Favorite

Recovery room 

Health clinics get word of new federal funds atop state OK.

Three Community Health Centers in Arkansas have had a run of good luck in the past several weeks. First, the state legislature enacted a tax hike on cigarettes and smokeless tobacco to provide $25 million over the next two fiscal years to the state's 12 CHC non-profits for infrastructure, equipment and personnel needs. Each of the 12 centers, which operate 47 clinics, will get a grant of $250,000 for capital improvements and will be eligible for operational grants from the state Department of Health. The grants will be the first across-the-board state support of the clinics, which operate with federal funds to provide health care in areas of the state with few doctors and a large number of uninsured residents.

Last week, the federal government announced that St. Francis House NWA Inc., the East Arkansas Family Health Center and White River Rural Health Center Inc. will receive a total of $3.3 million in Recovery Act funds — the Obama stimulus package — to open clinics in Siloam Springs, England and Blytheville.

The awards were made to clinics who'd applied for grants last year but were denied when federal Health Resources and Services Administration funds ran out.

Kathy Grisham, director of the St. Francis CHC, which won a $1.3 million grant ($650,000 for each of two years), said funding requires that the CHC begin seeing patients within 120 days. St. Francis will begin advertising immediately for clinical and support staff for the Siloam Springs clinic, which will expand a smaller clinic already in place and triple its staff. Grisham expects the clinic will serve 4,500 patients within two years.

St. Francis, with clinics in Rogers and Springdale, saw 14,527 patients in 2008; only 3 percent had health insurance. “There are 80,000 people without health insurance in Northwest Arkansas,” Grisham said. “That's who we're trying to reach.” St. Francis will use state support to try to pay market rates to staff, some of whom haven't had a raiase in five years, Grisham said.

Dr. Steve Collier, a physician who heads the White River center, said the nearly $1.3 million in Recovery Act dollars awarded that CHC will create a clinic in England next to the county-funded England Wellness Center. The White River CHC is the state's largest, with 19 satellites in 11 counties. White River will use its state funding to add new clinics in south Jonesboro and Batesville. “At White River, our deal is for growth and expansion of services and access points.”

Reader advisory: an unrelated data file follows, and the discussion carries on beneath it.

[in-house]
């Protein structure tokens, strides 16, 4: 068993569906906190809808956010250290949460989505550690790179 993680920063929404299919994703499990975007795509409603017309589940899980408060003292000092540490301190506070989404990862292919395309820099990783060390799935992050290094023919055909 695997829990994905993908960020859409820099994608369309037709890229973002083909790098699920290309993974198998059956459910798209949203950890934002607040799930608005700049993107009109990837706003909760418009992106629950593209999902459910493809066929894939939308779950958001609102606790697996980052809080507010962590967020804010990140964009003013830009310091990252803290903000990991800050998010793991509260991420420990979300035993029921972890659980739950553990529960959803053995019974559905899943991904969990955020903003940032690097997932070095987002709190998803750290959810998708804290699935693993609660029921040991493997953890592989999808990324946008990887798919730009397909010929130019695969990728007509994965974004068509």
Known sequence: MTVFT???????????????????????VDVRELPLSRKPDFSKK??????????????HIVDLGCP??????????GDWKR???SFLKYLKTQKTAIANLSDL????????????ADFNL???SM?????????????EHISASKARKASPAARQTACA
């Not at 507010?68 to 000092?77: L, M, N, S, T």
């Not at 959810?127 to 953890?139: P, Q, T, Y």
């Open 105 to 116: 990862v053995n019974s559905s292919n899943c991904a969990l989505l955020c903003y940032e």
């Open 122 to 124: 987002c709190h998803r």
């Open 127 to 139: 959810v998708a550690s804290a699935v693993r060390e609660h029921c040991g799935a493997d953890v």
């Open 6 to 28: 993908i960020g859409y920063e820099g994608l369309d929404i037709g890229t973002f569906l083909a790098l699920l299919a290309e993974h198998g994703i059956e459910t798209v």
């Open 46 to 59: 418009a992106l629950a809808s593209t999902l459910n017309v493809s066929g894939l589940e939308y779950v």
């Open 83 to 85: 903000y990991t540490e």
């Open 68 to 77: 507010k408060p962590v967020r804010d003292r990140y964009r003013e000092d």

The East Arkansas Family Health Center will use its $739,294 Recovery Act funding to open a clinic in a medical facility on the old Blytheville airbase. The clinic will have six exam rooms and three dental operatories, director Dr. Susan Ward Jones said. “It's a bit isolated, but we feel we can capture the retired and uninsured,” she said.

Jones, who grew up in Helena, moved to the West Memphis CHC to pay off her medical school loans and never left. That's uncommon for medical professionals, with Memphis and higher wages so close; she said the CHC will use its state funds to recruit and help keep the providers it now employs. She needs to hire a staff of 10 for the new clinic. As all of the rural clinics find, “that's going to be the difficult part,” she said.

St. Francis' Grisham is the new head of a compliance committee for the board of the Community Health Centers of Arkansas, which provides training to the clinical non-profits. The committee was created after one of the centers, the Lee County Cooperative Clinic, was nearly closed by HRSA because of irregularities in spending. The board of that clinic is now the subject of two lawsuits alleging Freedom of Information Act violations and voting irregularities; the clinic is operating with a one-year grant.

What happened with the Lee County clinic “puts us all under scrutiny,” Grisham said. The committee will require better oversight over center operations and communication from the federal funding agency.

Favorite